(dailyRx News) Facing social pressures, body image issues and many other factors, middle school students sometimes experience depression. A fitness regimen may be one way to help.
Researchers recently wanted to find out if there was another way to combat early onset depression. Instead of medication or therapy, they chose to examine the benefits of cardiorespiratory fitness (CRF).
CRF exercises improve the flow of oxygen in the body. Some examples are running, jogging, swimming and dancing.
The researchers found that CRF was helpful in preventing depression in middle school students — notably females.
"Encourage your middle-schooler to join a fitness class or sports team."
This study was led by Camilo J. Ruggero, PhD, a psychology professor at the University of North Texas.
"We've known for a while now that exercise, especially cardiovascular exercise, generates the production of endorphins. These are chemicals that bind to receptors in the brain to help produce positive, pain-reducing feelings," said Rusty Gregory, a wellness coach, personal fitness trainer and author of "Self-Care Reform: How to Discover Your Own Path to Good Health" and "Living Wheat-Free For Dummies."
"Another interesting factor about the effects of exercise on middle school-aged children are the social issues involved," said Gregory, who was not involved in this study. "This is the age when boys and girls start to notice each other and begin the quest to become more attractive to the opposite sex, i.e. body image. Another social issue includes athletics and the popularity of playing on school sports teams. The level of success a child has can have a huge impact on how they view themselves which directly effects their self-esteem, self-efficacy and level of depression.
"Engaging in activities / sports / games, such as basketball, soccer and team tag, can help create a competitive atmosphere that makes exercise fun and not dreadful. These positive feelings are more likely to lead to exercise later in life, as well," he said.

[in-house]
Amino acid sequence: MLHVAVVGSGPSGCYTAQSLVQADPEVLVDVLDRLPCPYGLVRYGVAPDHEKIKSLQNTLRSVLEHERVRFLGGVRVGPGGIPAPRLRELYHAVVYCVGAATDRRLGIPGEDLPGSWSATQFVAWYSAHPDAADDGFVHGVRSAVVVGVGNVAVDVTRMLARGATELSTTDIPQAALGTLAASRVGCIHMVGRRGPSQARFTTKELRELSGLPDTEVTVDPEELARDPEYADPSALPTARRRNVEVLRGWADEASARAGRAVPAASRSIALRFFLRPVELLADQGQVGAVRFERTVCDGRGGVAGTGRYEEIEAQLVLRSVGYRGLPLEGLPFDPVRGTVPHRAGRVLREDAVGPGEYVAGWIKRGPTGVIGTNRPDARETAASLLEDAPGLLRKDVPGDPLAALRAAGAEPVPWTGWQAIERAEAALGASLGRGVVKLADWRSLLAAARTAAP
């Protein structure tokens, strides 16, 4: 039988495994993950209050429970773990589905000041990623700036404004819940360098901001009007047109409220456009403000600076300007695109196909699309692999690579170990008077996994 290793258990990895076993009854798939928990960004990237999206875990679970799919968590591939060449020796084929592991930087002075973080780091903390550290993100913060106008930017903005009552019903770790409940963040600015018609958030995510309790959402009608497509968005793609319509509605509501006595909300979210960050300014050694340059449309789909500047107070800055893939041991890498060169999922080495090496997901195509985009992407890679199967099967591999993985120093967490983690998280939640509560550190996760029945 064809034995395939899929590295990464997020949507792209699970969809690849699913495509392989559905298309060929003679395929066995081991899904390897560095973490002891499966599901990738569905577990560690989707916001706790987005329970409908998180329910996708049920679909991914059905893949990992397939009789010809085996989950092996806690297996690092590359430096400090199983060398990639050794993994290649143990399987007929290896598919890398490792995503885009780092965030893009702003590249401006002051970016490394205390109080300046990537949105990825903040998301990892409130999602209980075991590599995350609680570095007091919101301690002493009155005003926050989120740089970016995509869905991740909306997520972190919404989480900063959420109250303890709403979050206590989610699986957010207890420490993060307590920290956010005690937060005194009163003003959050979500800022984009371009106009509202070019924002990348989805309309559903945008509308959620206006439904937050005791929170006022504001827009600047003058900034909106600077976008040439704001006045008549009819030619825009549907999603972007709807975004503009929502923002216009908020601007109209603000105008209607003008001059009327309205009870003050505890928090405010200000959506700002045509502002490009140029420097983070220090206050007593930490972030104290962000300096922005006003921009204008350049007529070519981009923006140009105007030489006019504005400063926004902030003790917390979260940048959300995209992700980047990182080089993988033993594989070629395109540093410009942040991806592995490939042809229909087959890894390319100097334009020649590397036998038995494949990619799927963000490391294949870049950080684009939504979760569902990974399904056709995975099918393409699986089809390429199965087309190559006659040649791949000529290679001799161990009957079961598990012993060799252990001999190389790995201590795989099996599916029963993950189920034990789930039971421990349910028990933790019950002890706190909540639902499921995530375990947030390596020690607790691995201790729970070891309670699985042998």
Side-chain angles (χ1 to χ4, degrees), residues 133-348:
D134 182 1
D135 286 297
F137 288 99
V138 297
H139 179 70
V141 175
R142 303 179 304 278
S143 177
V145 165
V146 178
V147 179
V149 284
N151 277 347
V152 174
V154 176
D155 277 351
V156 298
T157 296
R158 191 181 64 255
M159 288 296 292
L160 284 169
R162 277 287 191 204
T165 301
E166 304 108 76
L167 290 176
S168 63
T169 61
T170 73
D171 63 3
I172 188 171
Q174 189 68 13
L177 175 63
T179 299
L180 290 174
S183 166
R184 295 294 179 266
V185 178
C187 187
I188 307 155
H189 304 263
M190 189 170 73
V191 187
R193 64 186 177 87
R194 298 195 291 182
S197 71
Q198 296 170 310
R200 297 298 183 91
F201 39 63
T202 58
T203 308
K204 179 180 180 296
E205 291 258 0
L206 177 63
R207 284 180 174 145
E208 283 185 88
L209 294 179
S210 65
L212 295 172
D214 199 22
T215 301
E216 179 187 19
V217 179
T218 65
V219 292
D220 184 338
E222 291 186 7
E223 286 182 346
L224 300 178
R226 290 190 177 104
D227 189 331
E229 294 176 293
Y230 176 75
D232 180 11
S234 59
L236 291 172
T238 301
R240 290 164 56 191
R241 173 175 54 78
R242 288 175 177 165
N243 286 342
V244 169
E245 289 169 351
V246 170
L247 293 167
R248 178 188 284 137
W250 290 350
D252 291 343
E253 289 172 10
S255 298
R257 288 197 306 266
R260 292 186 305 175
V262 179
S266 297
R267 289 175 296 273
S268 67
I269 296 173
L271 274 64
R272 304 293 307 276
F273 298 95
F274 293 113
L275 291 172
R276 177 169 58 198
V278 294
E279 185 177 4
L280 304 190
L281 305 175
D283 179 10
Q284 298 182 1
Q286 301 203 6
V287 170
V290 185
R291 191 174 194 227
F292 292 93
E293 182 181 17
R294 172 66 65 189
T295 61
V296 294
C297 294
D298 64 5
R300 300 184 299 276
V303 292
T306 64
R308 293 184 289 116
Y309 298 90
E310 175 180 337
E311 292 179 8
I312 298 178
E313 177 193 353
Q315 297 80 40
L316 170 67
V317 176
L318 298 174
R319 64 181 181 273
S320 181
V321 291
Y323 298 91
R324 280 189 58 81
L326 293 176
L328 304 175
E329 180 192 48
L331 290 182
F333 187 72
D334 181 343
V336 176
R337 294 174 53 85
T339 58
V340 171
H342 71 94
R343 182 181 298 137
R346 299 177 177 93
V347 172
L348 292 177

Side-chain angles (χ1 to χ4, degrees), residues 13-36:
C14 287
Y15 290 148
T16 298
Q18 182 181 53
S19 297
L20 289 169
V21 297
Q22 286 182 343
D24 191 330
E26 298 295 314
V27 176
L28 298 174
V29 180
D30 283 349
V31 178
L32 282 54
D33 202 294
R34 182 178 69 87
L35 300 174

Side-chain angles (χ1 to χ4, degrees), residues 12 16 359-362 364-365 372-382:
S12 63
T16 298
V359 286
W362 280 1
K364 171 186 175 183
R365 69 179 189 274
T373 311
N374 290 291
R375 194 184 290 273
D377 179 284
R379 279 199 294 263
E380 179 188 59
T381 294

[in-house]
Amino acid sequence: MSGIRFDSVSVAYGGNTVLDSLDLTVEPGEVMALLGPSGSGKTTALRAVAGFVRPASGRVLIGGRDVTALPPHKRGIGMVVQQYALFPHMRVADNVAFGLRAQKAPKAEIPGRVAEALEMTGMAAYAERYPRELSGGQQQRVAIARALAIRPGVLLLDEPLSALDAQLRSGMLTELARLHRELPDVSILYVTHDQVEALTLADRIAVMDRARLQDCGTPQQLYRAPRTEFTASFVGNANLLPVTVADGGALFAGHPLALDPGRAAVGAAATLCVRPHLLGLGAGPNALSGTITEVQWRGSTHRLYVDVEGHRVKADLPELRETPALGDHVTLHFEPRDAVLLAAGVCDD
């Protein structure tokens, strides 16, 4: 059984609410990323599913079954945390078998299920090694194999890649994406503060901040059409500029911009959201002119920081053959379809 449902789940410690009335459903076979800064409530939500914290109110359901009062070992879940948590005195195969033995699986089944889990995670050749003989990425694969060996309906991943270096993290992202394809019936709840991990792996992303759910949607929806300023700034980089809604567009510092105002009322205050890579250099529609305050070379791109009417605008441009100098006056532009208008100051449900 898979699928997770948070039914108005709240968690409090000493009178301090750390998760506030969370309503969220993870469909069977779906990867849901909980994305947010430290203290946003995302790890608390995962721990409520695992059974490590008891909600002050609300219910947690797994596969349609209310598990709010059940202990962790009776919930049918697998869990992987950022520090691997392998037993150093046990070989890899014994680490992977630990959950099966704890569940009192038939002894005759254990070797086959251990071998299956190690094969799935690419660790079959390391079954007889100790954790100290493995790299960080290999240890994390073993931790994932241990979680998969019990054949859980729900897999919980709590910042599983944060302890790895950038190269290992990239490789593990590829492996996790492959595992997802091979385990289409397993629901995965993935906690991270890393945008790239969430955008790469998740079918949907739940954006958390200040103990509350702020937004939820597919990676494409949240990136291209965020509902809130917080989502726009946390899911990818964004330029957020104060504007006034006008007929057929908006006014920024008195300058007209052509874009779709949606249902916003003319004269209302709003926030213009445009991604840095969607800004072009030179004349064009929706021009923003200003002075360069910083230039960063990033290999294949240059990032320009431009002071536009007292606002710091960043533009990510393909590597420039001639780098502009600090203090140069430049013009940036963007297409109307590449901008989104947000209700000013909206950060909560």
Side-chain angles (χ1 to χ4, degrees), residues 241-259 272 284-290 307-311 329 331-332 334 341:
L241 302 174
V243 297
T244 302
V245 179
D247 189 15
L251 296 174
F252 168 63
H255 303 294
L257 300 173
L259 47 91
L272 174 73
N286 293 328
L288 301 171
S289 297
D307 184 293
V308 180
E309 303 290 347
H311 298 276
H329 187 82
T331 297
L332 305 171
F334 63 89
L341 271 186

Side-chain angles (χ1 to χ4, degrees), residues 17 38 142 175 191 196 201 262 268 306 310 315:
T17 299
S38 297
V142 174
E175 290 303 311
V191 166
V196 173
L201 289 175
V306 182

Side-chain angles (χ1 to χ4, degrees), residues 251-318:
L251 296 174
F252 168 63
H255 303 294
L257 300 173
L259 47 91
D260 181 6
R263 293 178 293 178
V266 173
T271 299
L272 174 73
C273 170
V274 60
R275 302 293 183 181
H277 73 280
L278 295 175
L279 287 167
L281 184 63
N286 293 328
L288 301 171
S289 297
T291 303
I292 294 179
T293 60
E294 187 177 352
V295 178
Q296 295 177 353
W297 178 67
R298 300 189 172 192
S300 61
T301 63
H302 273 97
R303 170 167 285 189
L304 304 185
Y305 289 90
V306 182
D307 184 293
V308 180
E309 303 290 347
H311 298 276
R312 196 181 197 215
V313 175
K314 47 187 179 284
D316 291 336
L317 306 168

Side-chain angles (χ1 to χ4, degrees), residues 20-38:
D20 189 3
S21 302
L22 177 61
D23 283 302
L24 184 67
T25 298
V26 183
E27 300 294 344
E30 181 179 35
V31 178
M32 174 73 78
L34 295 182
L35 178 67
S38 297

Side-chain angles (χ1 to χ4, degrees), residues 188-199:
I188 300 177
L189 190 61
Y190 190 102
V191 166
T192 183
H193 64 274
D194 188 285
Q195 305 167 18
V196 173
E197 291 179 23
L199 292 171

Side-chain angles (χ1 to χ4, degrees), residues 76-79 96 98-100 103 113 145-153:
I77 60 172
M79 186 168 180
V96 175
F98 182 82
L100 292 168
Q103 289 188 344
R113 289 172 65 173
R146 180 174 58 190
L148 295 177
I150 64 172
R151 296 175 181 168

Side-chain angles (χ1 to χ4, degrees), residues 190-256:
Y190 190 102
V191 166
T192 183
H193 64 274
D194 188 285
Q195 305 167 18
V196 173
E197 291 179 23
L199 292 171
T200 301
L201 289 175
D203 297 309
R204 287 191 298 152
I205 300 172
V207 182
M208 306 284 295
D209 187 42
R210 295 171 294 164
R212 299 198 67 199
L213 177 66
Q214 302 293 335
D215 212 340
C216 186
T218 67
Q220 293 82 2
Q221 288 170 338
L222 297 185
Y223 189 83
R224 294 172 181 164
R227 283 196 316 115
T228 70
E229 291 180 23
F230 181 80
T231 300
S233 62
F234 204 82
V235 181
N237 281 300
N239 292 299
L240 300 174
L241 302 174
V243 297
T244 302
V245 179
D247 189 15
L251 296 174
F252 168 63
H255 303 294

For their study, Dr. Ruggero and team observed a group of 437 sixth-grade students — 197 male and 240 female. The study population was drawn from six middle schools in an urban area of northern Texas.
At the beginning of the sixth-grade school year, researchers gathered information on each student. This information included three factors: level of depression, body composition and CRF. The researchers visited the same group at the beginning of seventh grade to collect the information again.
To determine levels of depression, each student completed a survey. The survey asked questions about depressive symptoms and body image. The study authors used the data to measure depression with the Center for Epidemiological Studies Depression Scale for Children.
To determine body composition, the researchers weighed and measured each student. They used the weight and height data to calculate body mass index.
Finally, to determine CRF, the students participated in fitness tests during gym class. Tests included running laps and the shuttle-run.
The research team ran tests to see if any of the three factors affected another during the sixth- or seventh-grade years. They also used this information to see if any factors in sixth grade predicted an outcome in seventh grade.
Among the girls, 28.3 percent of the girls had possible depression in sixth grade, and 28.5 percent had it in seventh grade. Of the boys, 22.3 percent in sixth grade and 18.8 percent in seventh grade had possible depression.
For boys, depression in sixth grade was a strong predictor of poor fitness in seventh grade, the study authors noted.
For girls, higher levels of CRF were linked to lean body composition and lower levels of depression. Overall, increased fitness in sixth grade was a strong predictor of lower depression in seventh grade.
"Depression that begins at this time can lead to chronic or recurring depression in later years," Dr. Ruggero said in a press release. "Fitness programs are one way to help prevent depression in middle-schoolers, but schools should also use other interventions, such as one-on-one or group therapy, that more directly address symptom treatment among depressed adolescents."
The study authors presented this study Aug. 7 at the American Psychological Association's 122nd Annual Convention. The authors did not disclose any information on funding or conflicts of interest.